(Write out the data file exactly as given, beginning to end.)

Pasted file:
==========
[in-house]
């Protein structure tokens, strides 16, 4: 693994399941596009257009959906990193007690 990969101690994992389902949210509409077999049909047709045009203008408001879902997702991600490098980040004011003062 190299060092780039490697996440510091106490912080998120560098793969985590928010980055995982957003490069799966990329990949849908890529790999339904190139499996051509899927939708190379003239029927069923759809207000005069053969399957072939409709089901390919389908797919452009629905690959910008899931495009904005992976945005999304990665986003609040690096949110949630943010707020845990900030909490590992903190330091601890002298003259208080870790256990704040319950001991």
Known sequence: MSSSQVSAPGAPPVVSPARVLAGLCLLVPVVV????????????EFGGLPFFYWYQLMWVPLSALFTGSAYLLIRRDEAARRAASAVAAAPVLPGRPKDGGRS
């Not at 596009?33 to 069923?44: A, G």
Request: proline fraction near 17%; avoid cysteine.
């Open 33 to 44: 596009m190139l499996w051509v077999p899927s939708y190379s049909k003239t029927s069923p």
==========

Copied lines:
[in-house]
């Protein structure tokens, strides 16, 4: 693994399941596009257009959906990193007690 990969101690994992389902949210509409077999049909047709045009203008408001879902997702991600490098980040004011003062 190299060092780039490697996440510091106490912080998120560098793969985590928010980055995982957003490069799966990329990949849908890529790999339904190139499996051509899927939708190379003239029927069923759809207000005069053969399957072939409709089901390919389908797919452009629905690959910008899931495009904005992976945005999304990665986003609040690096949110949630943010707020845990900030909490590992903190330091601890002298003259208080870790256990704040319950001991």
Known sequence: MSSSQVSAPGAPPVVSPARVLAGLCLLVPVVV????????????EFGGLPFFYWYQLMWVPLSALFTGSAYLLIRRDEAARRAASAVAAAPVLPGRPKDGGRS
């Not at 596009?33 to 069923?44: A, G």
Request: proline fraction near 17%; avoid cysteine.
């Open 33 to 44: 596009m190139l499996w051509v077999p899927s939708y190379s049909k003239t029927s069923p």